In Zimbabwe, the government of Robert Mugabe continues to make it difficult for opposition leaders to exercise their political rights. Police in Harare arrested Professor Lovemore Madhuku, chairman of the National Constitutional Assembly, a group promoting human rights and political reform. Mr. Madhuku was charged with defying Zimbabwe’s Public Order and Security Act by holding a demonstration without government permission. The demonstration was organized to protest a proposed law that would prohibit foreign human rights groups from operating in Zimbabwe.
“What is clear is that this is just repression,” Mr. Madhuku told a reporter. “The police warned me in the presence of my lawyer that one of these days I could be killed.” Nelson Chamisa, an opposition member of Zimbabwe’s parliament, was among thirteen others arrested apparently for holding a meeting in his own office.
Georgette Gagnon is deputy director of Human Rights Watch’s Africa division. She says, “A vibrant civil society is essential to a functioning society. With parliamentary elections in March, the government [in Zimbabwe] needs to ensure space for civil society.”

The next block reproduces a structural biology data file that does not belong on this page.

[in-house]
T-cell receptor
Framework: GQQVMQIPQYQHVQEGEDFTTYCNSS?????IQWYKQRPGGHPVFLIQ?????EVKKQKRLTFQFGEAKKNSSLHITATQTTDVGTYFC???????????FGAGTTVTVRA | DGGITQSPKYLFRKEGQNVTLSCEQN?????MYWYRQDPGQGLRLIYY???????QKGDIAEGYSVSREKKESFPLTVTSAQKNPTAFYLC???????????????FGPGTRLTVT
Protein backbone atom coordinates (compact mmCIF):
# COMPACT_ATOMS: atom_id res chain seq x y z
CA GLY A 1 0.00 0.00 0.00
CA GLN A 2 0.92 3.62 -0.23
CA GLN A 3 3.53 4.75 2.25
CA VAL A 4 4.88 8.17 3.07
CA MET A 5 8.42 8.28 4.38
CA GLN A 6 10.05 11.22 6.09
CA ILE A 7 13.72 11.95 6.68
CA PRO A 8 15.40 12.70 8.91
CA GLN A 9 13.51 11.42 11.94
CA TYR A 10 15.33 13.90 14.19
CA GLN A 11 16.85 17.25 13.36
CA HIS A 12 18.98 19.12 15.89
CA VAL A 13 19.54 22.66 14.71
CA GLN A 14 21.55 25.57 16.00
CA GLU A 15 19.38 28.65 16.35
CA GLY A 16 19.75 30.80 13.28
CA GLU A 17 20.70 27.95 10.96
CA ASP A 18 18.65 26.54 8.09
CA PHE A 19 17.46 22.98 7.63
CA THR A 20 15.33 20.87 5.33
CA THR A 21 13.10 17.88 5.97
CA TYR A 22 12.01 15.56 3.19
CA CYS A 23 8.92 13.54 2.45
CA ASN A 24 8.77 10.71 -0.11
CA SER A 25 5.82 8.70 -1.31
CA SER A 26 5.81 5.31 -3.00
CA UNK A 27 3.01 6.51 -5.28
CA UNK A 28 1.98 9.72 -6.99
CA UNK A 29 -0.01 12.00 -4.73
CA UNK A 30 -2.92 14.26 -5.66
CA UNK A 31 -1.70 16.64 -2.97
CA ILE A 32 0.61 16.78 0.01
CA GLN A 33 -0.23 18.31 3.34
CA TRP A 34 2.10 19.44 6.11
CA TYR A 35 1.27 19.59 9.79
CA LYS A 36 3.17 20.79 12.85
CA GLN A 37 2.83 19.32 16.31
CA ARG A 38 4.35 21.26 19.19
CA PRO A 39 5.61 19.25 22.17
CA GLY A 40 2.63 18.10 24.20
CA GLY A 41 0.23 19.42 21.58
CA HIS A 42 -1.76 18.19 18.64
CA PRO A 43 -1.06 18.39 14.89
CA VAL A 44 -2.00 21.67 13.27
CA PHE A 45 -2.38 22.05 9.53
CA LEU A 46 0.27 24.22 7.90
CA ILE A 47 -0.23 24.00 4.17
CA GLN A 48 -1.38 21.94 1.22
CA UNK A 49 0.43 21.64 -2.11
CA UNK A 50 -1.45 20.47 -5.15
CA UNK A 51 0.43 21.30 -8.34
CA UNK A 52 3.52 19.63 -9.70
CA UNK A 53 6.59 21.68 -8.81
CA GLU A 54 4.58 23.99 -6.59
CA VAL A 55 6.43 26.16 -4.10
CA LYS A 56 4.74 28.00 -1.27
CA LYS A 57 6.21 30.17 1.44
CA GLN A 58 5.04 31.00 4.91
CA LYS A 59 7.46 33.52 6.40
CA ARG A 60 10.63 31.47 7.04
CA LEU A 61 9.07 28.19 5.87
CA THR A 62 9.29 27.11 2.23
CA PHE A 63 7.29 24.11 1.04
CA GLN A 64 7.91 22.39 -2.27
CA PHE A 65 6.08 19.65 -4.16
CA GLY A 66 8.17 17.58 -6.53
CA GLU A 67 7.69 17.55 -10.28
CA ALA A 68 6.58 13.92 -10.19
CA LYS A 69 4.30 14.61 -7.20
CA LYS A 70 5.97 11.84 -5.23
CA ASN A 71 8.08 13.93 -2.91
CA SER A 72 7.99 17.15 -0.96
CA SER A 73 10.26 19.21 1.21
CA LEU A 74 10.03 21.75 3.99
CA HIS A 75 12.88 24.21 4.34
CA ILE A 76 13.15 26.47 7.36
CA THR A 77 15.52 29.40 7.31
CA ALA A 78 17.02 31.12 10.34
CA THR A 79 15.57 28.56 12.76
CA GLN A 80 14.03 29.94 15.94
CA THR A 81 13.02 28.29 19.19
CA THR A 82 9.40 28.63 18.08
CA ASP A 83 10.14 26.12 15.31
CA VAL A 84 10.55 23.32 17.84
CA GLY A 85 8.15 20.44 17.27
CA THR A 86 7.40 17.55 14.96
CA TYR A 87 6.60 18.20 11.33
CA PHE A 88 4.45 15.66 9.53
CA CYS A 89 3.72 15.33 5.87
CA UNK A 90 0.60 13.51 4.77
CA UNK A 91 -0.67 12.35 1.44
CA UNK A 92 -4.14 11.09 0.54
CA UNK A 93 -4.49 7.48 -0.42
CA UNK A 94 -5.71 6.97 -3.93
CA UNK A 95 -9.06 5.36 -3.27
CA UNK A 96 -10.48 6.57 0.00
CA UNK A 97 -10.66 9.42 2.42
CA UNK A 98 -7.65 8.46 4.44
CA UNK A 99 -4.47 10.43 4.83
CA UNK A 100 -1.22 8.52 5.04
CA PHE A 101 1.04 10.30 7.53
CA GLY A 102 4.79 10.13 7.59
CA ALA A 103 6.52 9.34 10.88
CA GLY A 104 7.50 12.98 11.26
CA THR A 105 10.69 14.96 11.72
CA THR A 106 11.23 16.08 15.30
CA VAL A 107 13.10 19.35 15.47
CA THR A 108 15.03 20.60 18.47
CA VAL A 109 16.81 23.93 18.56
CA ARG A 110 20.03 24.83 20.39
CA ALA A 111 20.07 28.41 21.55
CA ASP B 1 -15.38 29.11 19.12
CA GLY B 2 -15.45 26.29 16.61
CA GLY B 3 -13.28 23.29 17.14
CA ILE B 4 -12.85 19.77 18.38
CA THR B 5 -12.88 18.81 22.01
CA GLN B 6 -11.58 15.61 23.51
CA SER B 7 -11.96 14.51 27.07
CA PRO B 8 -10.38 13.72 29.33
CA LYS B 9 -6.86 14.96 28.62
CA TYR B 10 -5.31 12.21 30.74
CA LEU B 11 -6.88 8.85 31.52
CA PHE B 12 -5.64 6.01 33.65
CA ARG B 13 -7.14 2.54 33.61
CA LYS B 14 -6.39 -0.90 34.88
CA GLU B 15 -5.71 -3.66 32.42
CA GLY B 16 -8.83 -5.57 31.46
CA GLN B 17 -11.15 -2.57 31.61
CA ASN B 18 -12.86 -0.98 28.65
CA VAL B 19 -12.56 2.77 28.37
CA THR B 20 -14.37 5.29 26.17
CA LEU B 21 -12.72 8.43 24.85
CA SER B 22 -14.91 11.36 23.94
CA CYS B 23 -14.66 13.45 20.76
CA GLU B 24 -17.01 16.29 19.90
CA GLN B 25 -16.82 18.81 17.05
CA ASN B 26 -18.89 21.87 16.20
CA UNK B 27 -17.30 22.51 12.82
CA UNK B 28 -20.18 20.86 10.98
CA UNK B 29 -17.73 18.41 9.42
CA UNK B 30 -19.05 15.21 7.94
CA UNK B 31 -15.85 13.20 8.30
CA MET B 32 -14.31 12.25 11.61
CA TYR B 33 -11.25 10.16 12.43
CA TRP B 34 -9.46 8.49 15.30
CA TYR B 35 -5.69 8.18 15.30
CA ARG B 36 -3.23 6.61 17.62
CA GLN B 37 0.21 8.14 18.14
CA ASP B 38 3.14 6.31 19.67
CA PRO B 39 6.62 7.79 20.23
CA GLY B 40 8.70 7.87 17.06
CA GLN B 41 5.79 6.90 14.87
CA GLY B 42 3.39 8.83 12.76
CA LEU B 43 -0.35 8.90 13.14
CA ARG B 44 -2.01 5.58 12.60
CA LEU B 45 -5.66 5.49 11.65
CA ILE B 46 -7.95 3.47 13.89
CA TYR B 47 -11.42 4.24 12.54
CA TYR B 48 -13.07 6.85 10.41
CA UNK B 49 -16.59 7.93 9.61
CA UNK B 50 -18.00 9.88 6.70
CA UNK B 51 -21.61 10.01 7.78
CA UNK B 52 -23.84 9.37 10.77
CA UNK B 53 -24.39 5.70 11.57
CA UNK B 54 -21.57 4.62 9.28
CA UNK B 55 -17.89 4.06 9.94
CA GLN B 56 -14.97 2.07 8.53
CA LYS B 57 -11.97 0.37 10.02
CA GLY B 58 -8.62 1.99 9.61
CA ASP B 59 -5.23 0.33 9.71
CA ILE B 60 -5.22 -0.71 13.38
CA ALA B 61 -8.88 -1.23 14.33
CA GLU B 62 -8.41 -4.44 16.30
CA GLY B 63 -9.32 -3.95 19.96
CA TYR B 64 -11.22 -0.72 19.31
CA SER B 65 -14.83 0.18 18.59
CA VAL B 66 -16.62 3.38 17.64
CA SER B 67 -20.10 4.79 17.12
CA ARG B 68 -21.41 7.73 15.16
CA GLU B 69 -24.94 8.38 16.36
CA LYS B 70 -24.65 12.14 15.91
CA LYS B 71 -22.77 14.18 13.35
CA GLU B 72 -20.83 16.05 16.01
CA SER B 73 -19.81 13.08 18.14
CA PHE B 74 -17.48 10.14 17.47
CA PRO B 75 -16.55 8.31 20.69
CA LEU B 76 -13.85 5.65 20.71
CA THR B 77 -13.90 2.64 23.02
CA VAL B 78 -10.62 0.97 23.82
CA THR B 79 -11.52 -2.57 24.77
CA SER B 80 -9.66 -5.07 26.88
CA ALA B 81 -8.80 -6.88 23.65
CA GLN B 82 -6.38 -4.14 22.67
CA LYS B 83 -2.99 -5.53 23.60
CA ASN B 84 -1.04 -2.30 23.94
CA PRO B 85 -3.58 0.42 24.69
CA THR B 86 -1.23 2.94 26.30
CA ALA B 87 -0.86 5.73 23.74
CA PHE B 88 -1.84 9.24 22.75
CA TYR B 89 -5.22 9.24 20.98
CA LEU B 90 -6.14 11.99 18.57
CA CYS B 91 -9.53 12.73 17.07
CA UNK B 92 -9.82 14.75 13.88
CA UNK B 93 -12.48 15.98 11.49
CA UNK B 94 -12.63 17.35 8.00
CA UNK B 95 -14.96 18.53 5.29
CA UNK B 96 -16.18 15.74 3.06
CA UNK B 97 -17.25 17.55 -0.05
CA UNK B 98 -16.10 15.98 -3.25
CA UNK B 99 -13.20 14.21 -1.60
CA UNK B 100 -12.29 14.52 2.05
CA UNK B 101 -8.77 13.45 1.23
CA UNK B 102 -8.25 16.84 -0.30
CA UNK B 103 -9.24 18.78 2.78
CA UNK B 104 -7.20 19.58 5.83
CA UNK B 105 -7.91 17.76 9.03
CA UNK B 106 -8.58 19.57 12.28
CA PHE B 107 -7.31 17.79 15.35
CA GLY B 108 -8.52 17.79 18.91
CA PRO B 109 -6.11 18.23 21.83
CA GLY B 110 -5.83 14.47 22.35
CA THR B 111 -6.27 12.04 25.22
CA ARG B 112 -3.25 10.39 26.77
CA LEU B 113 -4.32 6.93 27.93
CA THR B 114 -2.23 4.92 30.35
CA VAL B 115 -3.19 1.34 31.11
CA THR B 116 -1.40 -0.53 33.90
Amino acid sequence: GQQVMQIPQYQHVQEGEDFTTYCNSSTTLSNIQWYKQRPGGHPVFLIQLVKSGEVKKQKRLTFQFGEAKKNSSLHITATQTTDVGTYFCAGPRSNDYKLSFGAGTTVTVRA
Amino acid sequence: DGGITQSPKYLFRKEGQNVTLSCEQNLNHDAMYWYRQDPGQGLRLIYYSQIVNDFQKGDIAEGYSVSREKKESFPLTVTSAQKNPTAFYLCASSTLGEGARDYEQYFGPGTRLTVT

Since its disputed victories in recent parliamentary and presidential elections, Mr. Mugabe’s ruling Zimbabwe African National Union-Patriotic Front has disregarded human rights, the rule of law, and the welfare of citizens. The government has closed independent newspapers, politicized the judicial system, and wrecked the economy. The result: millions of Zimbabweans are now in exile in southern Africa and around the world.
President George W. Bush says that every person “is meant by God to live in freedom”:
“Human rights are defined by a constitution. They’re defended by an impartial rule of law.... America stands with the world’s oppressed peoples. We’ve got to speak clearly for freedom, and we will, in places like Cuba or North Korea or Zimbabwe or Burma.”
Zimbabwe can begin to emerge from its crisis if next year’s parliamentary elections are free and fair. The government should implement election guidelines adopted by the nations of the Southern African Development Community. The struggle for democracy in Zimbabwe has nothing to do with foreign interests. It is about the hope for a Zimbabwe that is decent and free.